Almost half of Britons believe social housing tenants choose to claim benefits as a lifestyle choice
Date Published: 28 Sep 2014
- Reality shows that the number of social rented households with someone in work has increased by over 150,000 since 1996
- But over half a million households are enduring in-work poverty, with a significant growth in part-time work and almost half on low pay
- Housing boss calls for policy to be based on facts not myths
Nearly half of Britons (45%) believe those on benefits are adopting the so-called ‘Benefit Street culture’ – choosing to claim benefits to get by – according to a new survey on behalf of leading affordable housing provider Circle Housing.
This view is predominantly held by people working in the private sector (52%), those aged 65 and over (50%) and the upper middle classes (AB socio-economic group) – typically doctors, managers and other white collar professionals (51%).
British adults are generally good at estimating the proportion of social housing tenants in work and unemployed. However, just one in three British adults correctly identify that the proportion of those living in social housing who are employed has increased in the last 15 year
- British adults are fairly knowledgeable about the proportion of people living in social housing who are currently in work, on average saying that a third (32%) are employed, compared to figures from the SMF which say that the actual proportions in 2012-13 were 34% for those living in housing association property and 33% for those living in local authority property.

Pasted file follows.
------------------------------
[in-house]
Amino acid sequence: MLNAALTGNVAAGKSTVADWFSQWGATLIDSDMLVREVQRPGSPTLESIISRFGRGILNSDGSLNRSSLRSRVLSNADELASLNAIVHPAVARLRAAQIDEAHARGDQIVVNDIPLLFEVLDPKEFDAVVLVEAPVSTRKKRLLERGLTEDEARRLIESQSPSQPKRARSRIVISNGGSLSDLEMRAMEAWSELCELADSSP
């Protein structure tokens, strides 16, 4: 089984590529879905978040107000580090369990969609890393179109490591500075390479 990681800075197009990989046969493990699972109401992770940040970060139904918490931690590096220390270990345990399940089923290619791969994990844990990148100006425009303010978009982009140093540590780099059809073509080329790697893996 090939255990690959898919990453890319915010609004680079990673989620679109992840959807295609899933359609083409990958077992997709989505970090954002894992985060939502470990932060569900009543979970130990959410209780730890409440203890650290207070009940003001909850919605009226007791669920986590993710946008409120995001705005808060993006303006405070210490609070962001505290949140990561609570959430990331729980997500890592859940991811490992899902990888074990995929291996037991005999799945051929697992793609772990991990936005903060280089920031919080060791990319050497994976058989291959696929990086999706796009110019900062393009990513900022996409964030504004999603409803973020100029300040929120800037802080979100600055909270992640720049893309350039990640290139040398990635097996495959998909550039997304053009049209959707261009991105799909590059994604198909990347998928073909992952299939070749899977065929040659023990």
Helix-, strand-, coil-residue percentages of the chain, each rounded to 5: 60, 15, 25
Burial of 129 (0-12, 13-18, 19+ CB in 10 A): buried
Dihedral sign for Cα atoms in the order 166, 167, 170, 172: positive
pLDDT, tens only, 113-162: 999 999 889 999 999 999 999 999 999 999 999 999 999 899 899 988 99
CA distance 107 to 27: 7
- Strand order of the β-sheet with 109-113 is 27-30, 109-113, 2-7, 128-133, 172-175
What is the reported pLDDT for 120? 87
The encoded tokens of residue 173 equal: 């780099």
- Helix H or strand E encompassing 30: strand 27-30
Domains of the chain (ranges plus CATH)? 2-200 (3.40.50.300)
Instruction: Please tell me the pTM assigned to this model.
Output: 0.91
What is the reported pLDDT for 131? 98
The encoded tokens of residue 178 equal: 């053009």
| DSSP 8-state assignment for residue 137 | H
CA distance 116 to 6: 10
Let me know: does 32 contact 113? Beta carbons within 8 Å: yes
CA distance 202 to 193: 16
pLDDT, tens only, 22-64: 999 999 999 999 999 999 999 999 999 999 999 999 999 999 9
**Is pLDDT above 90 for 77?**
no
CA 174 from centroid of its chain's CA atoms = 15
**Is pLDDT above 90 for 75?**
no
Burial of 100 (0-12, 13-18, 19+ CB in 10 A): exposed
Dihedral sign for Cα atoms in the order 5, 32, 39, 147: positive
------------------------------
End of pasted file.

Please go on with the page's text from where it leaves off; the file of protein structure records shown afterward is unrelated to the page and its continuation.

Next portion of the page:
- British adults are also able, on average, to accurately estimate the proportion of people living in social housing who are unemployed. On average, this proportion is estimated to be around the same as the proportion who are employed (33%), compared to figures from the SMF which say that the actual proportion was 34% for those living in housing association property and 37% for those living in local authority property in 2012-13.
ComRes interviewed 2,052 GB adults online between 12th and 14th September 2014. Data were weighted to be representative of all GB adults aged 18+.